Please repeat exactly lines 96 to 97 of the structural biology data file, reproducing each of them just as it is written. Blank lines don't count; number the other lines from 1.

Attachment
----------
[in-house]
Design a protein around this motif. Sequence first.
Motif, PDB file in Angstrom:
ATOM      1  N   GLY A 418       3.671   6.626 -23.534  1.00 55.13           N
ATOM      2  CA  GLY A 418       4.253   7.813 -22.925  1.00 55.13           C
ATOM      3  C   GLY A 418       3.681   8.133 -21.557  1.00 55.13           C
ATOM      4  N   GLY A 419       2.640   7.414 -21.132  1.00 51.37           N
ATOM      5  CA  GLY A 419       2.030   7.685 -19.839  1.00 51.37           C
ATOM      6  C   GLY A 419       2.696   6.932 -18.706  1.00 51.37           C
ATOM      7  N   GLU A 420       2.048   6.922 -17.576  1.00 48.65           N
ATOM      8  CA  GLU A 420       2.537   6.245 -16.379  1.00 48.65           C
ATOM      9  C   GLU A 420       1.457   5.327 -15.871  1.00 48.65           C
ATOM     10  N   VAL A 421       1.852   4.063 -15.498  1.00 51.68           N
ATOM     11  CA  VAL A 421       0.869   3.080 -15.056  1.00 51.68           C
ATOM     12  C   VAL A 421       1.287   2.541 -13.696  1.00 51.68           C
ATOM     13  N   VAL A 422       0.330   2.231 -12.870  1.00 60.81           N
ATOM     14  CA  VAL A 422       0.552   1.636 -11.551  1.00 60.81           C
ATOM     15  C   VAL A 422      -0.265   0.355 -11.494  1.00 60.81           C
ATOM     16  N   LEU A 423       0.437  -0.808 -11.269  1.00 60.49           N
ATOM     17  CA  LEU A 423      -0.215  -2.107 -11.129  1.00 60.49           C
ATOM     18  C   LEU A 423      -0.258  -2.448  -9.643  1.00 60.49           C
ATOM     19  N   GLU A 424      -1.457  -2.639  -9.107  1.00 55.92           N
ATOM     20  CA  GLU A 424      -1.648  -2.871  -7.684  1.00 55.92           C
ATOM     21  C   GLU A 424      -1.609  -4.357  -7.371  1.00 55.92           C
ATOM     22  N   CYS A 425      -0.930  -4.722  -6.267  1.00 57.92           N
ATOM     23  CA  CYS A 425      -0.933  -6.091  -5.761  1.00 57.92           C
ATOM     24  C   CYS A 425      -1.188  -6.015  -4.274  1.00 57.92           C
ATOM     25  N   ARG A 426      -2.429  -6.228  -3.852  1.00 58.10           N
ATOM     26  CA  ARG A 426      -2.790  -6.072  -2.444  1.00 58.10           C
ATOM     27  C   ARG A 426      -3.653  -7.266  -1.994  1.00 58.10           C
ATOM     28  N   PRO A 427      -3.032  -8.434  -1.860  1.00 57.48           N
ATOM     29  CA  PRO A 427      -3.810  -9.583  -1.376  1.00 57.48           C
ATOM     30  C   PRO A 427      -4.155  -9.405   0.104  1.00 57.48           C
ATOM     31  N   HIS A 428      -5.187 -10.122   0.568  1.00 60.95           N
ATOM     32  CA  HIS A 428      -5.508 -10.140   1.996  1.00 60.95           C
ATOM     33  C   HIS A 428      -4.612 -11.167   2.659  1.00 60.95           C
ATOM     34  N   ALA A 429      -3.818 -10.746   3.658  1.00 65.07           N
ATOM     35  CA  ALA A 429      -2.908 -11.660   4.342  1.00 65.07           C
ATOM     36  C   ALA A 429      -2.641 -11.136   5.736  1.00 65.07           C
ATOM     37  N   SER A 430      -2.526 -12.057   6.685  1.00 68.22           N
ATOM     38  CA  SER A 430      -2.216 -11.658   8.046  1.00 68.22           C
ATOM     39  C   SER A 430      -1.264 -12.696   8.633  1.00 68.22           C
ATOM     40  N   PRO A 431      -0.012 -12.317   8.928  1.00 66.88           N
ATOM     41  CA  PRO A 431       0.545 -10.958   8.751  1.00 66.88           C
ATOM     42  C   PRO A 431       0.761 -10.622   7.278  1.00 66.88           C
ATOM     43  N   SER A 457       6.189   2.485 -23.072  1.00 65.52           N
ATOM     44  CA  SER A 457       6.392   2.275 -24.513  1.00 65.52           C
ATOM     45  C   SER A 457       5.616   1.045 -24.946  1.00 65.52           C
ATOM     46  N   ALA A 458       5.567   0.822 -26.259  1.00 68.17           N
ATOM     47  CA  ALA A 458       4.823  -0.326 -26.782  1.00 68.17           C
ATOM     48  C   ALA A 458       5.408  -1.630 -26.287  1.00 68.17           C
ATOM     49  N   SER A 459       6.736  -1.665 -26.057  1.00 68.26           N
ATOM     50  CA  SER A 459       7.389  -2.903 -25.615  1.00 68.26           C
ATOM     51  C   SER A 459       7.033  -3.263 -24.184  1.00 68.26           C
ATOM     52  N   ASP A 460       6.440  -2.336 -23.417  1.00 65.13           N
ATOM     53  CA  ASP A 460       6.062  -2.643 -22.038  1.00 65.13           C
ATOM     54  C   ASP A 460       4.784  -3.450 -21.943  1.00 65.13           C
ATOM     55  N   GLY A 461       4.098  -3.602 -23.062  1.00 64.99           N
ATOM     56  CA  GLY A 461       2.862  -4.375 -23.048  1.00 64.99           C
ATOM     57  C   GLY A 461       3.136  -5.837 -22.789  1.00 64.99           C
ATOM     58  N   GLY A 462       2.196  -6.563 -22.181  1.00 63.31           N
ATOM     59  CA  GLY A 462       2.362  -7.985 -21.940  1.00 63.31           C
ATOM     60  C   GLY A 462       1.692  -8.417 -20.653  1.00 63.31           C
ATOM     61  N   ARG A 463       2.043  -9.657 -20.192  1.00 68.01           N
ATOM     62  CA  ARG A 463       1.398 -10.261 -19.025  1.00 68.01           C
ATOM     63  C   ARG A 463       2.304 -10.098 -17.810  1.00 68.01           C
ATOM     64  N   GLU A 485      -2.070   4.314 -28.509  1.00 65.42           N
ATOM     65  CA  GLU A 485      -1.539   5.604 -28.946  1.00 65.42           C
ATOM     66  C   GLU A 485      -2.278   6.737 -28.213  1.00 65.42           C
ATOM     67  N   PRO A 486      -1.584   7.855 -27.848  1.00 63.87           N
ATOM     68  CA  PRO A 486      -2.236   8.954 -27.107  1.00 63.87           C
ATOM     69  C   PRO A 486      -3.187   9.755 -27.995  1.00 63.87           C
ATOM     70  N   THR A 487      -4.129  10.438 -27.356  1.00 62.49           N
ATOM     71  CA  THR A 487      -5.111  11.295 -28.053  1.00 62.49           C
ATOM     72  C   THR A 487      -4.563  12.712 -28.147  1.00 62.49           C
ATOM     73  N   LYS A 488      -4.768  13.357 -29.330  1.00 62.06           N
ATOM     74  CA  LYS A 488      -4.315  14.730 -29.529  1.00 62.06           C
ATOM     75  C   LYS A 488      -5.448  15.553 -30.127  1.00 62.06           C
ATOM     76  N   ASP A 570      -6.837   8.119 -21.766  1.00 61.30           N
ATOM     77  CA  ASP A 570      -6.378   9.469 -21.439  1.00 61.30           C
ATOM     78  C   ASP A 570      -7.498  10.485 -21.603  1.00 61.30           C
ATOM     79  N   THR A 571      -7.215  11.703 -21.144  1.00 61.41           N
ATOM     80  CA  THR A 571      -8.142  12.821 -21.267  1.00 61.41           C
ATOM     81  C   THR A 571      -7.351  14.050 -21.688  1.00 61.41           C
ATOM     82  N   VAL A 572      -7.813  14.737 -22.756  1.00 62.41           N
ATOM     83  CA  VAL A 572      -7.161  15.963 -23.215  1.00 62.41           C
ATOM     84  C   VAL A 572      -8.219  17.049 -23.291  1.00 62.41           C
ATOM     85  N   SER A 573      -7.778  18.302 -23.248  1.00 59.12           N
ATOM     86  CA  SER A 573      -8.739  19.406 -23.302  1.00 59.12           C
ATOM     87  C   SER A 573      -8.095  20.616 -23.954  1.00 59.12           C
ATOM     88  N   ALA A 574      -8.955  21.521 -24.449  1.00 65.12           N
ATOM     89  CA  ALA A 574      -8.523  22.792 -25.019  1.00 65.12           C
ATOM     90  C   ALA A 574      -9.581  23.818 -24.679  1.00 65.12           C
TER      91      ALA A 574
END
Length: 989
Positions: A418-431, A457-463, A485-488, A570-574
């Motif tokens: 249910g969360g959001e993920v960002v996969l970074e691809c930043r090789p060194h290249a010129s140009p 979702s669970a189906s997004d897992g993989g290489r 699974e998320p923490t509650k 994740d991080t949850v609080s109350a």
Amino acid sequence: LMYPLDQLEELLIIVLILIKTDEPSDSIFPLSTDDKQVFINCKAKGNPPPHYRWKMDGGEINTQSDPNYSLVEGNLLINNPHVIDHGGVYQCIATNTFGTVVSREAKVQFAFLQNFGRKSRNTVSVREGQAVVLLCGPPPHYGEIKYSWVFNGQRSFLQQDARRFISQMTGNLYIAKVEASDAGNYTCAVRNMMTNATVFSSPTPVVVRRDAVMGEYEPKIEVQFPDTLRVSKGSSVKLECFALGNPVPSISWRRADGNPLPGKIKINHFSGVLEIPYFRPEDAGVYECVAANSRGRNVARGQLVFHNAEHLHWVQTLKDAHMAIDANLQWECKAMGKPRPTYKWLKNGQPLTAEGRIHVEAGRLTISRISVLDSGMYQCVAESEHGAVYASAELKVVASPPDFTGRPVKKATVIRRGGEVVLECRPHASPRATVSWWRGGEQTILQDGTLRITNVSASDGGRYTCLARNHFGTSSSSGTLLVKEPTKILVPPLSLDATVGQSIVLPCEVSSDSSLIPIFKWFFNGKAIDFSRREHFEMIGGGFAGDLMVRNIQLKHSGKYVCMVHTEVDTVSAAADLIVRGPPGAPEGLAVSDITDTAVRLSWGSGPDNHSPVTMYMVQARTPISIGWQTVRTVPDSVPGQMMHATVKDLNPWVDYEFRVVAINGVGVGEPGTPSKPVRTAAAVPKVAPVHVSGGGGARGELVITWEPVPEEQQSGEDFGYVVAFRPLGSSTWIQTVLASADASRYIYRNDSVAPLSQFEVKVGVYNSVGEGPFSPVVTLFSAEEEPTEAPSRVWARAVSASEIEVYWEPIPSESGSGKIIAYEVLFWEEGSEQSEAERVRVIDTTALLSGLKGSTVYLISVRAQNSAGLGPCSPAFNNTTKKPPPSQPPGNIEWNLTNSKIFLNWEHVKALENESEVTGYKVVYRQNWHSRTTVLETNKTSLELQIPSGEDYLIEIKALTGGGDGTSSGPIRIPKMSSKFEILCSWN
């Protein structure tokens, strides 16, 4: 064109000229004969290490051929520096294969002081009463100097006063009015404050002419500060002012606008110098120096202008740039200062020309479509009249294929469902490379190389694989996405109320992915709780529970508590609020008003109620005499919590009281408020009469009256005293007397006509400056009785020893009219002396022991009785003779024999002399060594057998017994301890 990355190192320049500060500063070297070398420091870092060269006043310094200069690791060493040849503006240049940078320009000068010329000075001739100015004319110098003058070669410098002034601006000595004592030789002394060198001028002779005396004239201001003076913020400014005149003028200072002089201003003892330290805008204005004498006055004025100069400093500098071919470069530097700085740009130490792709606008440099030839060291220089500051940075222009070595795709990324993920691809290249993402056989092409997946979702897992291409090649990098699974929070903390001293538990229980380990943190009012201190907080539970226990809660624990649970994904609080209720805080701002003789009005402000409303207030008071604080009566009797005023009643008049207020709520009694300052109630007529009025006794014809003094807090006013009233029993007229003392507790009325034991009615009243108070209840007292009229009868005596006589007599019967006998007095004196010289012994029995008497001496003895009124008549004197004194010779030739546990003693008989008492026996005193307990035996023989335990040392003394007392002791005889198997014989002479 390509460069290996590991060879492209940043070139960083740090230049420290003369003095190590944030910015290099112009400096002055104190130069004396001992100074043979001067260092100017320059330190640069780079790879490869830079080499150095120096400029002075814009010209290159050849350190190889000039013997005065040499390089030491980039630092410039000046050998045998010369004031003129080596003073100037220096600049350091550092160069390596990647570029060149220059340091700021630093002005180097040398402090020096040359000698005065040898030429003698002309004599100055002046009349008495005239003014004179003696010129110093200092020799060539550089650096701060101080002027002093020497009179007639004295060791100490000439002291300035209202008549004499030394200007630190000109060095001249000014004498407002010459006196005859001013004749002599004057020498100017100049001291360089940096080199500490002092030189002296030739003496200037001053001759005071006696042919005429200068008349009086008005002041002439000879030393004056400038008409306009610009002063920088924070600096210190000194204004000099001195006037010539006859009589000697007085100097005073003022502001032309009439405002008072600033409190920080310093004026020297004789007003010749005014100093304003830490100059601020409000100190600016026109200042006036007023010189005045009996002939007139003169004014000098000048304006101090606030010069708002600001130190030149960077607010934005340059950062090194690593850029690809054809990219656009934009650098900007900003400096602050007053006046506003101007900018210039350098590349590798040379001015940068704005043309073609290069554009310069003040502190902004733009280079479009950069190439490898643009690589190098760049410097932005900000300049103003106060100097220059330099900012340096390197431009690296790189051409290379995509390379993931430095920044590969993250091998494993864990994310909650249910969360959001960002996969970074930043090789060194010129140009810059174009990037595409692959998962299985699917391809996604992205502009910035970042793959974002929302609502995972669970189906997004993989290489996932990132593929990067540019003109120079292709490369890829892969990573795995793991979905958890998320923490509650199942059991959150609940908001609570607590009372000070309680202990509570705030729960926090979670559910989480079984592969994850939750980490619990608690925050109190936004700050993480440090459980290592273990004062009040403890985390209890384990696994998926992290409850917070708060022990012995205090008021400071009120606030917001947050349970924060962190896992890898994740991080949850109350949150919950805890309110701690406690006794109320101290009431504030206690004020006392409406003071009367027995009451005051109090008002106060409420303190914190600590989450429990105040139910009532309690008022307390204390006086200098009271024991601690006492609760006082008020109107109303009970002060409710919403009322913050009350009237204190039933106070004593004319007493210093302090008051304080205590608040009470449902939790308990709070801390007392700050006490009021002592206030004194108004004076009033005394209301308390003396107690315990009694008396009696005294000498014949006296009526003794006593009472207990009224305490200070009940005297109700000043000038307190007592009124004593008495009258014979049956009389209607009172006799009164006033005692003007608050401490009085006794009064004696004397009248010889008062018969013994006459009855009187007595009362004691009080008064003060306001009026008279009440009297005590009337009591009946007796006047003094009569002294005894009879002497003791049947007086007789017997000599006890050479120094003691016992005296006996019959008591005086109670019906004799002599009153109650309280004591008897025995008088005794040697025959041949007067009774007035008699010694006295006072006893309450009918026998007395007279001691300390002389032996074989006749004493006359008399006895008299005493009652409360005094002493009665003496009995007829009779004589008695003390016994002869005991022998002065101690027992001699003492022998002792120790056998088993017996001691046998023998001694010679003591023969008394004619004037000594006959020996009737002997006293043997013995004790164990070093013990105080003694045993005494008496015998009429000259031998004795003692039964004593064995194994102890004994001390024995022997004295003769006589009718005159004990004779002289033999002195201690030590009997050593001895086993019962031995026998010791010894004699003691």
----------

Length: 989
Positions: A418-431, A457-463, A485-488, A570-574